This must reduce deployment overheads for companies investing in technology - as employees will already know how to navigate and use the systems on the devices of their choice, this removes complexity and improves productivity.

Biometrics

Biometrics is one of the hottest topics in technology and cybersecurity markets today - the use of biometrics for user authentication and identity is essential in tomorrow’s world. We are likely to see an increasing variety of industries making use of biometrics, as it becomes more reliable and more affordable.  For example, in healthcare, biometric technology can be used to ensure patient identification. 

In the leisure industry, fingerprint identification is now being used in gyms to ensure that only members can access the facilities. In industry, biometrics are being used for tracking time and attendance along with access control.  What’s of real interest here is the intelligence that can be harnessed, thanks to certain identification. Joined-up intelligence, internal and bureau sourced, means businesses can understand more about their customers’ needs and preferences.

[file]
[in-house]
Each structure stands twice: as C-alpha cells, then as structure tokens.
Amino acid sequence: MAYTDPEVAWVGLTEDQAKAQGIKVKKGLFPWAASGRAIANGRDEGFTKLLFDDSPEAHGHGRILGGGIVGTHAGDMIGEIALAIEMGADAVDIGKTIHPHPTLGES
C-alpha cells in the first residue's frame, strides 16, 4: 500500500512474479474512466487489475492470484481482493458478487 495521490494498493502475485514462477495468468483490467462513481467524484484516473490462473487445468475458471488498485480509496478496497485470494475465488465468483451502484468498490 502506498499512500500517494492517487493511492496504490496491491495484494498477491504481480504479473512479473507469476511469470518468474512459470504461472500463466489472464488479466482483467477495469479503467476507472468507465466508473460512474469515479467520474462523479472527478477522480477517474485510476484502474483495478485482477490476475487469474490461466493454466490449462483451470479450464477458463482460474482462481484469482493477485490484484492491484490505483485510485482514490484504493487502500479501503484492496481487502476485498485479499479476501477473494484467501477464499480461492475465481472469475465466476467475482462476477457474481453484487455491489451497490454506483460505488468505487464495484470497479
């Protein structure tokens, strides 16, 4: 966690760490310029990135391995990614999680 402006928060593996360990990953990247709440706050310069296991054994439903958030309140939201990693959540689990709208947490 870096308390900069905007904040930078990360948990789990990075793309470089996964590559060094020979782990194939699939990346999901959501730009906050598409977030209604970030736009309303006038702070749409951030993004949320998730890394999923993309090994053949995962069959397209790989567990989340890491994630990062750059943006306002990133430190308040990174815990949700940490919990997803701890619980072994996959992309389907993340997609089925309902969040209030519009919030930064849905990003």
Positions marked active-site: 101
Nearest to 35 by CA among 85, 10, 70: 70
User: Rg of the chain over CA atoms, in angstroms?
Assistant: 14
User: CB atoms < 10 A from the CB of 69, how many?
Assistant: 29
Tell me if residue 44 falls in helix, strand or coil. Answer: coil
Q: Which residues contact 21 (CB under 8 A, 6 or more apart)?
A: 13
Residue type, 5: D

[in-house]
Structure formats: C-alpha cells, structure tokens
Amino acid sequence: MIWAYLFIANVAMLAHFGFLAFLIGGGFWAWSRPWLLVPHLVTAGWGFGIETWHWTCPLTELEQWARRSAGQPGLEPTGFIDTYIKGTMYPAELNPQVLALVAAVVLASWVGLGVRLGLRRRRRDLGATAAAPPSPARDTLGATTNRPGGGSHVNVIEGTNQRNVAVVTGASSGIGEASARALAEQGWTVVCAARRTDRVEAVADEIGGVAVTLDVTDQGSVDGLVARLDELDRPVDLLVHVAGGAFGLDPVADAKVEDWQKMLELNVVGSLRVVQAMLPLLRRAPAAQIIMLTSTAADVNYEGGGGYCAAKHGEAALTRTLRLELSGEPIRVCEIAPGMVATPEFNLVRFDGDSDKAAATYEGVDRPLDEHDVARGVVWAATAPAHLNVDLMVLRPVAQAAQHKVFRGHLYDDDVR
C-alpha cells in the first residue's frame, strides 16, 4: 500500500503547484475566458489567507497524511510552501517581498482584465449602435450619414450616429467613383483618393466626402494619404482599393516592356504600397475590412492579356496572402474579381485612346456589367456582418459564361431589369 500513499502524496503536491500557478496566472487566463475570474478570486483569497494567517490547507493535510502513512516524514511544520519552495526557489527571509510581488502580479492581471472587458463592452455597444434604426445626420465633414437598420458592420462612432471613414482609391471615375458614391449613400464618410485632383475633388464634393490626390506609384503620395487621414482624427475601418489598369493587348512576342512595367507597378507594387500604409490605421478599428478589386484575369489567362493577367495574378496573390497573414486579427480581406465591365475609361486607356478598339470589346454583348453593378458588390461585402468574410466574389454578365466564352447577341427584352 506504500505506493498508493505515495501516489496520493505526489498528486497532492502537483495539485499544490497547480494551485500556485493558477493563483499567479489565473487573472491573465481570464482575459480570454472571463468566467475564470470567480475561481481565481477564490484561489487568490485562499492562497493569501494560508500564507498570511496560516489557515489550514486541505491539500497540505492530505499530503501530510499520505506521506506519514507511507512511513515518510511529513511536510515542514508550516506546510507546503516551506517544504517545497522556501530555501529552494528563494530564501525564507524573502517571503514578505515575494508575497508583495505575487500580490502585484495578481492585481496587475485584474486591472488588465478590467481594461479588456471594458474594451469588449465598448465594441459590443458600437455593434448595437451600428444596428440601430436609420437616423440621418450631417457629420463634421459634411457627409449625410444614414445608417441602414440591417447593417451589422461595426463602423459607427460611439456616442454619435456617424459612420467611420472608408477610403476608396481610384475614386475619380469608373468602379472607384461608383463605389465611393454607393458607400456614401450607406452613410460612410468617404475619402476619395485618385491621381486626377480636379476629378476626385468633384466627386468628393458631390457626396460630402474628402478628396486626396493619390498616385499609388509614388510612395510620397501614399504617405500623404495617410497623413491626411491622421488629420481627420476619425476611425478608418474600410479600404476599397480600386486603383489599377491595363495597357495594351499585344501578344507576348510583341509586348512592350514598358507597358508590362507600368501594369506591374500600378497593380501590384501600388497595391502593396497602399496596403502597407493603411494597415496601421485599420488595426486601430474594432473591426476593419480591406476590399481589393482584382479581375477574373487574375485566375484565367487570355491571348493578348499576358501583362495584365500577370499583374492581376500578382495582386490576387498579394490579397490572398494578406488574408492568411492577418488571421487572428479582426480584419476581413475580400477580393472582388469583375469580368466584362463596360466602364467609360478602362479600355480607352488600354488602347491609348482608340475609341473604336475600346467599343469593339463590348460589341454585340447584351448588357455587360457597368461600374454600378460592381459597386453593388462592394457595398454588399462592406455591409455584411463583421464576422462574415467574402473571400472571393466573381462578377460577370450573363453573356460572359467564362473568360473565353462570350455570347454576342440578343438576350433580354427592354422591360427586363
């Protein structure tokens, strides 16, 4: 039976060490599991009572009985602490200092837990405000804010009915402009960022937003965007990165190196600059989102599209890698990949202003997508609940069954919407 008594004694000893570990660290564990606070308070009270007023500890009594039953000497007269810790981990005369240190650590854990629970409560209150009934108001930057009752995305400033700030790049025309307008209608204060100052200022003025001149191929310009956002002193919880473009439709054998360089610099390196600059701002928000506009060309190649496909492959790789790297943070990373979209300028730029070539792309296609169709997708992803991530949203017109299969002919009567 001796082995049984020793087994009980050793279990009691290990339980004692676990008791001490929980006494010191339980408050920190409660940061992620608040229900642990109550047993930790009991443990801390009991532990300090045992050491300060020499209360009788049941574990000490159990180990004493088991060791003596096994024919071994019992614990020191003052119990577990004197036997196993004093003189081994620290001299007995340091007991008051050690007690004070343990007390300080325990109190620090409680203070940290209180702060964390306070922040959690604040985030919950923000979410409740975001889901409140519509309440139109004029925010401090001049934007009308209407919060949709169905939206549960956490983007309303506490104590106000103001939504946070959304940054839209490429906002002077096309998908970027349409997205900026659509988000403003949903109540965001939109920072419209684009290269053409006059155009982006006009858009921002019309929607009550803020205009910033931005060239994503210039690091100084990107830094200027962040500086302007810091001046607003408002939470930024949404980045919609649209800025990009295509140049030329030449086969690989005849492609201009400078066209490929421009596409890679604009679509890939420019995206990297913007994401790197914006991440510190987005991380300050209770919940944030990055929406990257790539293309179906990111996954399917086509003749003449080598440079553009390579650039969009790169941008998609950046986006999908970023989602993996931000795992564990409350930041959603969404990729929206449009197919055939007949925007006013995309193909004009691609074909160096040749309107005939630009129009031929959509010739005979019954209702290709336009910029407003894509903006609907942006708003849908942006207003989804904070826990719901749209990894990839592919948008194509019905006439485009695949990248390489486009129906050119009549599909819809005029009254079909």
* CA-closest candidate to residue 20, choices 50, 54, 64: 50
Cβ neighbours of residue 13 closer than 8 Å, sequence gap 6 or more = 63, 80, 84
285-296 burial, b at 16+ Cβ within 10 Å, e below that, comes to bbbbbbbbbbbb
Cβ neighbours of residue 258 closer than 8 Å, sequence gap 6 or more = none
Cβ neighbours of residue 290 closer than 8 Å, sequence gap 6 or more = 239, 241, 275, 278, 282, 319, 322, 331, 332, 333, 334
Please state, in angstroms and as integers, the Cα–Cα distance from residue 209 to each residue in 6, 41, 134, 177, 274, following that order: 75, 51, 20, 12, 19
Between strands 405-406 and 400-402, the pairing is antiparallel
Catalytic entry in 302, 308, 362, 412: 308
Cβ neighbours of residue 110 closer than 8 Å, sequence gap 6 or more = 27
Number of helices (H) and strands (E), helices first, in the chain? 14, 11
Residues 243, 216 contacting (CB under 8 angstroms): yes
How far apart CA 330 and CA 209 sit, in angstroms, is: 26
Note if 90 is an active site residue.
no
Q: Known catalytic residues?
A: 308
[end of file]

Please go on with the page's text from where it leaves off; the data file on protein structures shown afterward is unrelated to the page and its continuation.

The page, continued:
It can enable them to make faster, better decisions based on greater evidence. This will help them achieve the best possible outcome for their business (efficiencies) and the end customer (customer experience). Technology will finally guarantee businesses can accurately identify customers, real-time, as individuals - across any channel or device. 

Personalisation techniques, in marketing, will no longer be considered a dream but essential to performance and loyalty.  It also means an era of real-time, intelligent programmatic advertising. This refers to the process of using software to buy digital advertising - most common in real-time bidding - where no human would be able to handle the auction quick enough.